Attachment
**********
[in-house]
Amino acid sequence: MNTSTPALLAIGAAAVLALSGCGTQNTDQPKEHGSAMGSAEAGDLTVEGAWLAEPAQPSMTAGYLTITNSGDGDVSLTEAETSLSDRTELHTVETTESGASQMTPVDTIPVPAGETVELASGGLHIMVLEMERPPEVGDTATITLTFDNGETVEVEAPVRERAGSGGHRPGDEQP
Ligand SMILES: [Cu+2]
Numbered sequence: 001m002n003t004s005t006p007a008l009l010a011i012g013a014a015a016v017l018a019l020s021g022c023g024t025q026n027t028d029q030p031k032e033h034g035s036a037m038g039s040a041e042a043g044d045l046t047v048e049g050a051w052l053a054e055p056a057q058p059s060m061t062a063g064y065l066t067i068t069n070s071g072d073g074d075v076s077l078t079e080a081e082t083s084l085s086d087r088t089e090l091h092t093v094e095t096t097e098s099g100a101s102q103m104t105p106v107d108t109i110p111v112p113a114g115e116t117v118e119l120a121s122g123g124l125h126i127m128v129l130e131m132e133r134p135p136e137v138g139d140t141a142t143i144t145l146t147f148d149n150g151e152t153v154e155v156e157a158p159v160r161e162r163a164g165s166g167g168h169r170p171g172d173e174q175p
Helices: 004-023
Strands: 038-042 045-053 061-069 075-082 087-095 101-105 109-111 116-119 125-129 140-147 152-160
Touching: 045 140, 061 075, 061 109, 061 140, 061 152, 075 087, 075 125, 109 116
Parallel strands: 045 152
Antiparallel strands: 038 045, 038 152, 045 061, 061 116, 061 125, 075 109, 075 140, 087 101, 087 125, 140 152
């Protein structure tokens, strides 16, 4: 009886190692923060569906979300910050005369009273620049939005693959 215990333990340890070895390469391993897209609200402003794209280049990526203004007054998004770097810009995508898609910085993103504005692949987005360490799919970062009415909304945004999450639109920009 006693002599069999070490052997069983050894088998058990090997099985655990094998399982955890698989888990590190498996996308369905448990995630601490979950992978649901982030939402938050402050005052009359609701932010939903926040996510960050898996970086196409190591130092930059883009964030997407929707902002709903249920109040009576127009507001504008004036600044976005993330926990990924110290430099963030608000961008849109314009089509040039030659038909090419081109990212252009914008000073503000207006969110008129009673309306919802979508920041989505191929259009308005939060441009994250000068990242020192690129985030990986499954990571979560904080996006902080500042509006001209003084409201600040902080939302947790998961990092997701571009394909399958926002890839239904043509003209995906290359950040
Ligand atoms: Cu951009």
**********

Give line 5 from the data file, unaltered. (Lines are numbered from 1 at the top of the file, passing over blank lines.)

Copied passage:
Helices: 004-023